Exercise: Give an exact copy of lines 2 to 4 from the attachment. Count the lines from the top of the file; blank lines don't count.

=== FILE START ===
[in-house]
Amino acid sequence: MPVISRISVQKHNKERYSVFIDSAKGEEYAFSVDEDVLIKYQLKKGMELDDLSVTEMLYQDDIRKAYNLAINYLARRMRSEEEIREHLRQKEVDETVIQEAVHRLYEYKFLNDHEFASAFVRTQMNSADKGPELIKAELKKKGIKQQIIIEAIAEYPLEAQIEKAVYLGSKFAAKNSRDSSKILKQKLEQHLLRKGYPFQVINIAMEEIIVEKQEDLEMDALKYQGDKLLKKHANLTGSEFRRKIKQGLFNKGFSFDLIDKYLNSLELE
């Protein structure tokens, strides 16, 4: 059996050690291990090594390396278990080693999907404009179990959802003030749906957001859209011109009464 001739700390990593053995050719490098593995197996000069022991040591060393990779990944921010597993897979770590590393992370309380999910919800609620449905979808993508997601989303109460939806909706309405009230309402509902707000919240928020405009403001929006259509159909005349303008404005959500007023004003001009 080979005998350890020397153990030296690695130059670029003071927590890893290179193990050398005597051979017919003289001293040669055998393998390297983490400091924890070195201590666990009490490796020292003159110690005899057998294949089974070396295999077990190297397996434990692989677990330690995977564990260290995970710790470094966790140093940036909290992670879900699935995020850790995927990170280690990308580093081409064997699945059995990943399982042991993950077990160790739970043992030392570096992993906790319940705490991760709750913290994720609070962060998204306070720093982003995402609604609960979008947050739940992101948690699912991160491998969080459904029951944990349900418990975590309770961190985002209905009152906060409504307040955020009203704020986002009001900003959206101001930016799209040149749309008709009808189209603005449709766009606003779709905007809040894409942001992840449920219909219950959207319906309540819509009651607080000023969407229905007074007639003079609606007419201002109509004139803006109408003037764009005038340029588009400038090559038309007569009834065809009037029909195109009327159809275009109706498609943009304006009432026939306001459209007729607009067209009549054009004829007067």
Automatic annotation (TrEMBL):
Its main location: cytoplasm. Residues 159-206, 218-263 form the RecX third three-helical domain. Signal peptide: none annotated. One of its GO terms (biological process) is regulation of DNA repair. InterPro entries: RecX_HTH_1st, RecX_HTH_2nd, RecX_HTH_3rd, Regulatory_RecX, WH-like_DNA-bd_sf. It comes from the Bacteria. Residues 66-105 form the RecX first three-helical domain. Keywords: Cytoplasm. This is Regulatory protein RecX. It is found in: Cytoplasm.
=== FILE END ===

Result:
Amino acid sequence: MPVISRISVQKHNKERYSVFIDSAKGEEYAFSVDEDVLIKYQLKKGMELDDLSVTEMLYQDDIRKAYNLAINYLARRMRSEEEIREHLRQKEVDETVIQEAVHRLYEYKFLNDHEFASAFVRTQMNSADKGPELIKAELKKKGIKQQIIIEAIAEYPLEAQIEKAVYLGSKFAAKNSRDSSKILKQKLEQHLLRKGYPFQVINIAMEEIIVEKQEDLEMDALKYQGDKLLKKHANLTGSEFRRKIKQGLFNKGFSFDLIDKYLNSLELE
């Protein structure tokens, strides 16, 4: 059996050690291990090594390396278990080693999907404009179990959802003030749906957001859209011109009464 001739700390990593053995050719490098593995197996000069022991040591060393990779990944921010597993897979770590590393992370309380999910919800609620449905979808993508997601989303109460939806909706309405009230309402509902707000919240928020405009403001929006259509159909005349303008404005959500007023004003001009 080979005998350890020397153990030296690695130059670029003071927590890893290179193990050398005597051979017919003289001293040669055998393998390297983490400091924890070195201590666990009490490796020292003159110690005899057998294949089974070396295999077990190297397996434990692989677990330690995977564990260290995970710790470094966790140093940036909290992670879900699935995020850790995927990170280690990308580093081409064997699945059995990943399982042991993950077990160790739970043992030392570096992993906790319940705490991760709750913290994720609070962060998204306070720093982003995402609604609960979008947050739940992101948690699912991160491998969080459904029951944990349900418990975590309770961190985002209905009152906060409504307040955020009203704020986002009001900003959206101001930016799209040149749309008709009808189209603005449709766009606003779709905007809040894409942001992840449920219909219950959207319906309540819509009651607080000023969407229905007074007639003079609606007419201002109509004139803006109408003037764009005038340029588009400038090559038309007569009834065809009037029909195109009327159809275009109706498609943009304006009432026939306001459209007729607009067209009549054009004829007067």
Automatic annotation (TrEMBL):